Terry also addressed an earlier public comment “that we get nothing out of our dues?”

“Nothing? The folks in Berlin pay more taxes than we pay in fees … they don’t have anywhere near the amenities, or the facilities, or the number of roads, or the number of parks, or the number of lakes or anything else,” he said. “This is a very, very large, complicated HOA in a community that does, in fact, draw people – just ask people in the real estate business how things have been going in the last year.

“Ladies and gentlemen, we are trying to find our way back from an absolute disaster in this community … in August of 2016 this organization was out of deficit and within a year-and-a-half actions had been taken and a direction had been set to put us a million and six in debt,” Terry continued. “Let’s not blame these folks – there’s only one of them left up there, and he didn’t show up today.”

Another former board member, Jeff Knepper, addressed what he said was a tendency of Ocean Pines to “borrow from ourselves.” Knepper said that was “close to the dumbest idea I think I’ve ever seen.”

“I know why it’s done and I don’t like it,” he said. “I strongly encourage you to set up a reserve for new capital. Right now, the situation exists where if it’s a replacement, we have a reserve, [and] reserves don’t get assessments directly. They do for the contribution, but not for the individual expenditures.

“If it’s new capital, whoa, we don’t have reserves from that so, guess what, it hits the assessment,” Knepper continued. “You have just set up an automatic argument every time you want to do anything because, if you bias it one way – if you can stretch it and call it replacement – oh, you’re the hero, it doesn’t hit reserves. If you do it the other way, uh oh, it does.”

Knepper said he’s spent countless hours listening to board members debate both approaches, “and at the root of it is we do or we do not want to affect the assessment.”

“So, let’s get over that,” he said. “Let us set up a reserve for new capital. Let’s appropriately fund it … but then we will take away this idiot argument about things that don’t affect the assessment and things that do.

“We should, at the same time, take a position that says we are not going to play this game of borrowing from ourself. It makes no sense,” Knepper added.

As an example, he said the association was currently proposing doing just that for two different new capital items.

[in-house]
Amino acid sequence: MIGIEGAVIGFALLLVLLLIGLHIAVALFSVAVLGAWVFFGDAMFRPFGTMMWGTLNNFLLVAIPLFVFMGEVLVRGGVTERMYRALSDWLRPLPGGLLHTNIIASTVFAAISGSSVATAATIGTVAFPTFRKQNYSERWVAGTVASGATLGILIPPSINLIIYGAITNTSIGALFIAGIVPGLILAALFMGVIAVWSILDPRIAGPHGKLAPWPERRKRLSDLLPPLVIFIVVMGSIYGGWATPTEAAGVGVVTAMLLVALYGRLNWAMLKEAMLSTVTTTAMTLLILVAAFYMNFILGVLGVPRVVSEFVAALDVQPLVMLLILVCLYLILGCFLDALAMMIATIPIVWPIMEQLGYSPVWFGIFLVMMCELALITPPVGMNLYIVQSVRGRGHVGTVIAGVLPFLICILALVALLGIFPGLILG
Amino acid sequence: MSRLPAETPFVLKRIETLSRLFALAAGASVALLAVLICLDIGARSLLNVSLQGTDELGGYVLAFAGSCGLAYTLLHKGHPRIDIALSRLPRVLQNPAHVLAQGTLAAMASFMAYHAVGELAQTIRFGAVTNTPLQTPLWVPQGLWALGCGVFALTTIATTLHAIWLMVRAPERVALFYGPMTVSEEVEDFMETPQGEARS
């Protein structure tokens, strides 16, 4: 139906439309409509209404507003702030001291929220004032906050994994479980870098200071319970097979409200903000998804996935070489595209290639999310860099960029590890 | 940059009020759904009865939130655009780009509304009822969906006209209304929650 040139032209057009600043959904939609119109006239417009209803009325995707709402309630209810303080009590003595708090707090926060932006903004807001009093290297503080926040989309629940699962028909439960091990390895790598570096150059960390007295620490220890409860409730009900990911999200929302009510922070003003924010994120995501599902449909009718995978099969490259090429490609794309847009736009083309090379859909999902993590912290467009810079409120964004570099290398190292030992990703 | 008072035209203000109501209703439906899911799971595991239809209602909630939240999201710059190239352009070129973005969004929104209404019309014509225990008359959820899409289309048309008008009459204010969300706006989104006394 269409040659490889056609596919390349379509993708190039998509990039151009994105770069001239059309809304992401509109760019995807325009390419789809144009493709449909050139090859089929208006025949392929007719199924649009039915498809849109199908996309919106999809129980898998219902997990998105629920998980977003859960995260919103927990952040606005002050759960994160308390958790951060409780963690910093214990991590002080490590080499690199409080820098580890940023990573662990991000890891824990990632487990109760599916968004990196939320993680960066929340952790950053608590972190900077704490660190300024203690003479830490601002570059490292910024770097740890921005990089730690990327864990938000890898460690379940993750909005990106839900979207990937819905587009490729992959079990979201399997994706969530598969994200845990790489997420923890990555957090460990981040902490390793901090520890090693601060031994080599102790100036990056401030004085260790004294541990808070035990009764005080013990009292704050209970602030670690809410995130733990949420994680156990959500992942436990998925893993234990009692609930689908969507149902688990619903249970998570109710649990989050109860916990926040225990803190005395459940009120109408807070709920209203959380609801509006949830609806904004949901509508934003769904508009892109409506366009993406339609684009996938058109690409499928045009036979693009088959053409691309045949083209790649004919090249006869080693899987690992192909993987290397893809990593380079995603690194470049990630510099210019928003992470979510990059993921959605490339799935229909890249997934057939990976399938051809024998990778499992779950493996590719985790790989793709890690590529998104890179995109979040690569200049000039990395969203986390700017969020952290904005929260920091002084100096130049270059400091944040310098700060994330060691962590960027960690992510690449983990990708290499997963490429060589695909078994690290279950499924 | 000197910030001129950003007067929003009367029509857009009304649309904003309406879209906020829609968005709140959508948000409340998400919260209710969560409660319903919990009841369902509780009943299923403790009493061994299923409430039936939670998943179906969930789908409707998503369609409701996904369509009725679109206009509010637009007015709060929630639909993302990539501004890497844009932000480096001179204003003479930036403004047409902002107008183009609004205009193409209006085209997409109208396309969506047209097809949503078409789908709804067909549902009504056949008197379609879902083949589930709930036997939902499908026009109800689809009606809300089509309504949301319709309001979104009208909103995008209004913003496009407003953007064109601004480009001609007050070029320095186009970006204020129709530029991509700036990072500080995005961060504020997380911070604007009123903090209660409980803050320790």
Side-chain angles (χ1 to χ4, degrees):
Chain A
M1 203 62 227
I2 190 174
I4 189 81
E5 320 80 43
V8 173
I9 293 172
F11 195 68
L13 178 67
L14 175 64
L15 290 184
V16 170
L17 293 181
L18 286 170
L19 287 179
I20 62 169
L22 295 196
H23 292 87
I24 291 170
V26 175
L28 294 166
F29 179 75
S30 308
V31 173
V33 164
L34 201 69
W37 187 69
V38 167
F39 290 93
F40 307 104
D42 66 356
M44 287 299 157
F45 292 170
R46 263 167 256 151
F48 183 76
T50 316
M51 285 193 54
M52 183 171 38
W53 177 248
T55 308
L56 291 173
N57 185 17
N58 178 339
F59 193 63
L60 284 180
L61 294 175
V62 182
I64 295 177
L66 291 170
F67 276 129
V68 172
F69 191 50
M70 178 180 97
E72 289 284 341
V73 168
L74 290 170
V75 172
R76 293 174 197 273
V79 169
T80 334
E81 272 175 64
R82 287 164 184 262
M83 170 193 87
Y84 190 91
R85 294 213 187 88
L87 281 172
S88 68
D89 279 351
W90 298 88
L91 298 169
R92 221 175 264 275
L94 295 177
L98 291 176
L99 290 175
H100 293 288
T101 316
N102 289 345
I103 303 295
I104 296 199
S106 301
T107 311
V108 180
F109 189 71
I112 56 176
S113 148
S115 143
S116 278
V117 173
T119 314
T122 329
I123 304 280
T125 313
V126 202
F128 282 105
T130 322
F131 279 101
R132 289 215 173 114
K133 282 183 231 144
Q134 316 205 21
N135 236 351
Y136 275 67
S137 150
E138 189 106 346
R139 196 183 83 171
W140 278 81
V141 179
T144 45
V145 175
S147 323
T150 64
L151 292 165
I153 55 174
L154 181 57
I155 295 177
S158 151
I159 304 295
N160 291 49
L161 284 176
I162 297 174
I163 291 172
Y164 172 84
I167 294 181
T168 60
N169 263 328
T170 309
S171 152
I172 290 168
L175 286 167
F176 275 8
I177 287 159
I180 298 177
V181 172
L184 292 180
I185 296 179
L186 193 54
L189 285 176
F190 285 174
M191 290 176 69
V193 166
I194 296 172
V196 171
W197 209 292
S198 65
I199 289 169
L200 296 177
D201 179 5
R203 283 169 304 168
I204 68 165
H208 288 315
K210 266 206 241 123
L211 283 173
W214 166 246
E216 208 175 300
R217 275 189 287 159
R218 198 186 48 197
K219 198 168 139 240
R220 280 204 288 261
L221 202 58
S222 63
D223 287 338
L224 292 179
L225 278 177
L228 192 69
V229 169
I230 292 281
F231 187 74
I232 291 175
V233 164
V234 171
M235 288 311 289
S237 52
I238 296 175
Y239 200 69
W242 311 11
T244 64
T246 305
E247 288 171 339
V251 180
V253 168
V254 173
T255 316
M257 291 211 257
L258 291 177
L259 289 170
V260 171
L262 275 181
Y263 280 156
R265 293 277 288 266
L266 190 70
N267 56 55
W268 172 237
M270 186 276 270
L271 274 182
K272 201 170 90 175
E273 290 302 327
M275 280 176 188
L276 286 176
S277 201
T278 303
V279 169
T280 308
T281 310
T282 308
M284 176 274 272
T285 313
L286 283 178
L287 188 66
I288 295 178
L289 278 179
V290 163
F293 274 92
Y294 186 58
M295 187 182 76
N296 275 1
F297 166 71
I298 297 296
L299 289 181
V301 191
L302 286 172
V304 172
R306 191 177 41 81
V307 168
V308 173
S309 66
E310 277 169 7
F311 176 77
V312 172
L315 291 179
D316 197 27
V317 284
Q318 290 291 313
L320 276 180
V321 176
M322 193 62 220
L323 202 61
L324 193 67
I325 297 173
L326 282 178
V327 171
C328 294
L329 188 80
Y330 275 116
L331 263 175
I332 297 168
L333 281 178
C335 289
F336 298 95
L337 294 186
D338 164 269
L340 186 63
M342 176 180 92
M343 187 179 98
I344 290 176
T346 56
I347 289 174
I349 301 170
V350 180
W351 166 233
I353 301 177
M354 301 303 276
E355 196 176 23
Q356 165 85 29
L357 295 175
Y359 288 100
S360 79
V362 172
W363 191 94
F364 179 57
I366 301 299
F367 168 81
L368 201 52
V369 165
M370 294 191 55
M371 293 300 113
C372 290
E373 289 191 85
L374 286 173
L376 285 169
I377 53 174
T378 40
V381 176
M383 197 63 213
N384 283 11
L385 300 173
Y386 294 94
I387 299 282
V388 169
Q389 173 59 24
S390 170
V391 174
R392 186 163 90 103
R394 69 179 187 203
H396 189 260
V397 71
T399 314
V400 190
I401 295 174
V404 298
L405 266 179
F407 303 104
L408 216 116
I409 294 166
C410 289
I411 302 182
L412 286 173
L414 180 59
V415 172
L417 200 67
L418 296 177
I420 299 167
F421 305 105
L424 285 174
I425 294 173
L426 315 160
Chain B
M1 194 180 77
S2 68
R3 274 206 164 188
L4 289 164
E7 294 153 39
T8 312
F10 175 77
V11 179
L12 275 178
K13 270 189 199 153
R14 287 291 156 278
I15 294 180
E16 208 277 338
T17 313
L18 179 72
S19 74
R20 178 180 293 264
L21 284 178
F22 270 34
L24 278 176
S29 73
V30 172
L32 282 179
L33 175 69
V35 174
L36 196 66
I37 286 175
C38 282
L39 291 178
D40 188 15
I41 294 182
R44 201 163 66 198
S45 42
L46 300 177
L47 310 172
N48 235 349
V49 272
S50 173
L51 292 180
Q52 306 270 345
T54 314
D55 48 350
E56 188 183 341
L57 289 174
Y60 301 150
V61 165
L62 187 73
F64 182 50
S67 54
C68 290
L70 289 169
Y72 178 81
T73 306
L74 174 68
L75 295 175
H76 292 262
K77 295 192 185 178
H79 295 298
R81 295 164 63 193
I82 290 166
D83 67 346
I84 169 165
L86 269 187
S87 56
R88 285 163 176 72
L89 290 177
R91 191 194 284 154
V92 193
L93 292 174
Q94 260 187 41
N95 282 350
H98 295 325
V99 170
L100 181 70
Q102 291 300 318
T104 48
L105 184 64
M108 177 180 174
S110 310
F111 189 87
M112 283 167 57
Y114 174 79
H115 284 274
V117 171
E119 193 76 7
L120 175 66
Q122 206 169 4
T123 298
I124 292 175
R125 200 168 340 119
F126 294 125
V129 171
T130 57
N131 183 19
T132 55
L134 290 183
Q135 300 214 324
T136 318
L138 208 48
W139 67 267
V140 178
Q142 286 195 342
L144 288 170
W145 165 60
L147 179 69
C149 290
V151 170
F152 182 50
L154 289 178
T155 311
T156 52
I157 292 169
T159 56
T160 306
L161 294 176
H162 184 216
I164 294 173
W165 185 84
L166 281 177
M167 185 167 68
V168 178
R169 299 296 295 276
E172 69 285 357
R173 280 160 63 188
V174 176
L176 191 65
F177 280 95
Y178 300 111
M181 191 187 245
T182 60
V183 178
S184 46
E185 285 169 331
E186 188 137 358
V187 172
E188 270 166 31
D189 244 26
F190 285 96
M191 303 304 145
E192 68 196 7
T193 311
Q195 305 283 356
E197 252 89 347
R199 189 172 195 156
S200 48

“The rate on one is 6 percent – the rate on one is 3 percent. Same organization, slightly different departments, and 100 percent difference in rate,” he said. “My dog can get a better rate than that.”

Ann O’Connell said the association should not spend money on any new items until it pays off the deficit.

“I think we found ourselves in a hole, and I think we need to quit digging,” she said. “I think we need to resolve all of the unfinished business before we undertake anything new.”

She said Ocean Pines didn’t need to spend money on anything extraneous, at one point citing wind shades for the tennis courts, “prior to taking care of our debt.”

“Quit digging. Let’s get out of this hole and see if we can’t deal with attracting new residents to the Pines after we resolve the problems we have here,” she said. “Our reputation proceeds us here – people know what kind of trouble we’re in moneywise. People don’t want to come in here, looking to buy, and a lot of the people that did come here and bought a property did not count on this escalation of the cost of living here.”

Greg Shahady said he wanted more specifics on spending items like ditches.

“I happen to live next to one of the major ditches – not the ones that go in front of everybody’s driveway, but the big one that all those driveways drain into,” he said. “There’s trash and debris and it’s not draining, and it’s mosquitos, and I have a 2-year-old daughter that could stumble into it because it’s got a foot of water in it year-round, rain or no rain.”